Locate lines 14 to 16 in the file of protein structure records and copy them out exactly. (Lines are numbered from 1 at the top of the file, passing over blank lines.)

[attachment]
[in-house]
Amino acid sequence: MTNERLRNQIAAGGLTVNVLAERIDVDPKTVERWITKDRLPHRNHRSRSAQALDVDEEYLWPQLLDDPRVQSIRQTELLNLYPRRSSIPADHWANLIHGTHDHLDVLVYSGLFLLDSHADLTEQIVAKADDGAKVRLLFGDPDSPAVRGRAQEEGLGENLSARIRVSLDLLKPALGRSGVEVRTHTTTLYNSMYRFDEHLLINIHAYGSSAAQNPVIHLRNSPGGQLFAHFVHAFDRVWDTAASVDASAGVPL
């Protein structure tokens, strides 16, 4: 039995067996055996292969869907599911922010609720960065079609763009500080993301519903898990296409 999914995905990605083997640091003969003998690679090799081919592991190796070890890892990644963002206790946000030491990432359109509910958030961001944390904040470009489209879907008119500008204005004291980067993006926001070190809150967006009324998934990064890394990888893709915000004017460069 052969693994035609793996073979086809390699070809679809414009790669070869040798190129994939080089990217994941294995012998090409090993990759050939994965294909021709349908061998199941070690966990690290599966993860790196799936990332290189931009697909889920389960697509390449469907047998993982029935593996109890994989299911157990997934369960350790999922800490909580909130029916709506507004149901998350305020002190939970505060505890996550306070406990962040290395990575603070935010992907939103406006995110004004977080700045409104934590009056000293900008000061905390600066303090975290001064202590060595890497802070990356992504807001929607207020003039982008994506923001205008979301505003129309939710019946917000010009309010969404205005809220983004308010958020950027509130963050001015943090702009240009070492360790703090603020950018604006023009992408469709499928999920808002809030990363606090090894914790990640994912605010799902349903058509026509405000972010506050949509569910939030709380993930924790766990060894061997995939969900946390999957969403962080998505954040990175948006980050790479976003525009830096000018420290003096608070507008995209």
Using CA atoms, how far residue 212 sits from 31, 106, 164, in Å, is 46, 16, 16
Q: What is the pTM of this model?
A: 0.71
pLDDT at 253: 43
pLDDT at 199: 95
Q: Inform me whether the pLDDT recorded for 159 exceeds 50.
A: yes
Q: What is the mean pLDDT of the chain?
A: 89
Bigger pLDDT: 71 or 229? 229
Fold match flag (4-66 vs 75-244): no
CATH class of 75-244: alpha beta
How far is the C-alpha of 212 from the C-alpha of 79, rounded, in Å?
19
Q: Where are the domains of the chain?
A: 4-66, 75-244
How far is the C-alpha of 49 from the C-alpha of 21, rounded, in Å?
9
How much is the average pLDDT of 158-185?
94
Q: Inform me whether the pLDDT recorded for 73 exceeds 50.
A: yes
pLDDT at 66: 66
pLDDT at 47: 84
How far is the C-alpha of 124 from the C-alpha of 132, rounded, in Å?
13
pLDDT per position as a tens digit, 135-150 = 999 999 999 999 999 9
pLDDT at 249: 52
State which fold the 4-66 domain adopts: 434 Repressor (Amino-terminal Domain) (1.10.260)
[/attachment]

Fold match flag (4-66 vs 75-244): no
CATH class of 75-244: alpha beta
How far is the C-alpha of 212 from the C-alpha of 79, rounded, in Å?